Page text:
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After the Civil War, the United States embarked upon a century of unparalleled economic growth, spurred by the railroad, automotive, steel, and related industries. These businesses required huge amounts of capital. Their founders had to turn to outside investors. These investors, although possibly serving as directors, did not usually assume active management roles. Naturally they wanted to know how their investments were doing. This gave rise to financial accounting and reporting, as we know them today. The introduction of corporate income taxes created a similar need for tax accounting and reporting.
Central to both disciplines was the concept of matching revenue and expense, which led to the concept of depreciation (spreading the costs of capital outlays over their useful lives) and accrual accounting. This created the accounting and tax concept of earnings, which is very different from cash flow. Earnings reflect matched revenue and expense. Cash flow, on the other hand, is the change in cash position during a period.
The fascination with earnings peaked during the 1960s conglomerate era, during which accounting rules permitted mergers under the “pooling of interests” method that gave the false appearance of organic growth created by combining the unadjusted results of formerly independent businesses. When investors saw through that, conglomerates, except for General Electric and a few related exceptions, fell out of favor.
Earnings, however, mean nothing to private company owners!
The objective of a rational private company owner is to maximize his or her wealth through dividends (current income) and appreciation (long-term value growth). This is measured (appraised) by cash flow available to equity shareholders, which is the change in cash during a period before dividends but after all other obligations, such as working capital, capital expenditures, and debt service, have been discharged.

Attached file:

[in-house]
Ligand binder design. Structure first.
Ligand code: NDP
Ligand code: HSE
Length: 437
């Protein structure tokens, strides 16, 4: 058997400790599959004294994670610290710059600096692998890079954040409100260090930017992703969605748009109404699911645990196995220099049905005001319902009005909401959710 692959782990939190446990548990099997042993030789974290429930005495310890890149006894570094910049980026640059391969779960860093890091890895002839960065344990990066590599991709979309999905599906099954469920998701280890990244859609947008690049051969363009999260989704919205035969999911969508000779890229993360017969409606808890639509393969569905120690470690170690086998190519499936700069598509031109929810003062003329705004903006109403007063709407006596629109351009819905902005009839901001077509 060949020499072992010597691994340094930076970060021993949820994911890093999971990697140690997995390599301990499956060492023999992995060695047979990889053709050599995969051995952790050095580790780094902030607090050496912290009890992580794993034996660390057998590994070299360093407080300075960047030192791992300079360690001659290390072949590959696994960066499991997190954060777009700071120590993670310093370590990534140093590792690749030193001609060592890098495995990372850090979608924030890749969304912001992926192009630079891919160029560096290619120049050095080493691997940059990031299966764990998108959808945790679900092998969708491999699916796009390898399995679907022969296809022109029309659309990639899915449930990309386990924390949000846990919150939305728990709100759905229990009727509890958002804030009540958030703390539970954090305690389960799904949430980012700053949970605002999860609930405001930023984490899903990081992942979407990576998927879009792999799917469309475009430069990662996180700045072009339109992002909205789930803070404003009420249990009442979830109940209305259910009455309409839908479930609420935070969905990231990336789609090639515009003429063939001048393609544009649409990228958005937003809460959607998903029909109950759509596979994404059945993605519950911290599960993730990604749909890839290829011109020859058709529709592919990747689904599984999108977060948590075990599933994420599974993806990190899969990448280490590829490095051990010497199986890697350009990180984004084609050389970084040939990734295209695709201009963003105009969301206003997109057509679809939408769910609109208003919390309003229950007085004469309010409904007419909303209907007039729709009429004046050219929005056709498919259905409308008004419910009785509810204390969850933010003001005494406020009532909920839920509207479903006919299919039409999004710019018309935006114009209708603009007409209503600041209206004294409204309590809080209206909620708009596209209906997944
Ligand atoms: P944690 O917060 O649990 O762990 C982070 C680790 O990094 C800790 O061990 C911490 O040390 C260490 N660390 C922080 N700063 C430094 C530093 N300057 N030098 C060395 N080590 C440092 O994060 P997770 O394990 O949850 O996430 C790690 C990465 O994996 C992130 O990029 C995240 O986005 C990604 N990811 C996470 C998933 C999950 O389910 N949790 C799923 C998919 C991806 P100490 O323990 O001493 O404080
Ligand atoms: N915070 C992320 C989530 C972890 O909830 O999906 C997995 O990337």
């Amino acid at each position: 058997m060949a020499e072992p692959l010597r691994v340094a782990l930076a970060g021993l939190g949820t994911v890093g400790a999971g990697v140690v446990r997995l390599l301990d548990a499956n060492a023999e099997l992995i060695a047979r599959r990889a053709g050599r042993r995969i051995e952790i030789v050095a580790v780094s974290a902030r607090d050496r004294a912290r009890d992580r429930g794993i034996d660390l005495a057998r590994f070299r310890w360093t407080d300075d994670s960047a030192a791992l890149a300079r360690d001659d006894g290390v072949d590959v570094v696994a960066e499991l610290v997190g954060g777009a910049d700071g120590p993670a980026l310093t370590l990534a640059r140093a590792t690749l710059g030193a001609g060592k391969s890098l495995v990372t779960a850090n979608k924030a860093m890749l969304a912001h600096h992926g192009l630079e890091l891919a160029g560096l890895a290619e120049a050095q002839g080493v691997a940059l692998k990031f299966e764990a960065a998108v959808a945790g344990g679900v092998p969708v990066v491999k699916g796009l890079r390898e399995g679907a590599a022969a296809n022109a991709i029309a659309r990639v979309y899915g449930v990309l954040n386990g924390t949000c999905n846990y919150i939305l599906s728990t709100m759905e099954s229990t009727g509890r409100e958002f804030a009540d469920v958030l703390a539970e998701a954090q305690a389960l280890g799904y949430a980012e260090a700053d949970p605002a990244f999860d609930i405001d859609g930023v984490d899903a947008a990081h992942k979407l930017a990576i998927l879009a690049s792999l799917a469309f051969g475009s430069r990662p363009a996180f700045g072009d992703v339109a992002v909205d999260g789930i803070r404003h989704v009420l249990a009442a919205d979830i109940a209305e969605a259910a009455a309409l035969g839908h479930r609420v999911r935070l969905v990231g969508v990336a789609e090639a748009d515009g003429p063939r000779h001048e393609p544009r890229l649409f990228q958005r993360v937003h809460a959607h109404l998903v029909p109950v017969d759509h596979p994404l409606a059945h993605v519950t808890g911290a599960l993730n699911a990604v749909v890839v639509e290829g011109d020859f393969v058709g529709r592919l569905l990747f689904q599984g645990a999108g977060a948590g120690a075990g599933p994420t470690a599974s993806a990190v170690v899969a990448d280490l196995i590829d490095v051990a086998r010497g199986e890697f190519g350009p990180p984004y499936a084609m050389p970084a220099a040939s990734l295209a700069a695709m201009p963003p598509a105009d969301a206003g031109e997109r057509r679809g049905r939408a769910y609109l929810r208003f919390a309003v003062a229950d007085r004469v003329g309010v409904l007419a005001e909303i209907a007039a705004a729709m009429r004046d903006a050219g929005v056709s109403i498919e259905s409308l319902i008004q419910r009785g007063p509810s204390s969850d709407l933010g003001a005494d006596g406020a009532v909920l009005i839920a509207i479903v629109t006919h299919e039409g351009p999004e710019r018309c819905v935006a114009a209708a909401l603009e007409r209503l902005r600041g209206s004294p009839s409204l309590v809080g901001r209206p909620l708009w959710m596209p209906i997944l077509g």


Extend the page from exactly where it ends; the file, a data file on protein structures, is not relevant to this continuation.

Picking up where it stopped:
A corollary is that comparisons between cash flow oriented private companies and earnings-oriented public companies are often specious because private companies try to minimize earnings while public companies try to maximize them.
Valuations play a part in all tax, transaction, and litigation matters. For additional information or advice on a current one, please do not hesitate to call.
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About Western Reserve Valuation Services LLC
Western Reserve Valuation Services LLC, based in Columbus, Ohio, is a leading provider of valuation services and financial opinions relating to corporate finance transactions, corporate tax planning and compliance, succession planning and wealth preservation, employee stock ownership plans (“ESOPs”), financial reporting and portfolio / fund valuations. For more information, visit www.wesresvaluation.com or call (614) 448-3700.
Western Reserve Valuation Services is an affiliate of Western Reserve Partners LLC, a FINRA-member investment banking firm offering financial advisory services relating to mergers and acquisitions, capital raising and financial restructuring. For more information on Western Reserve Partners, please www.wesrespartners.com or call (216) 589-0900.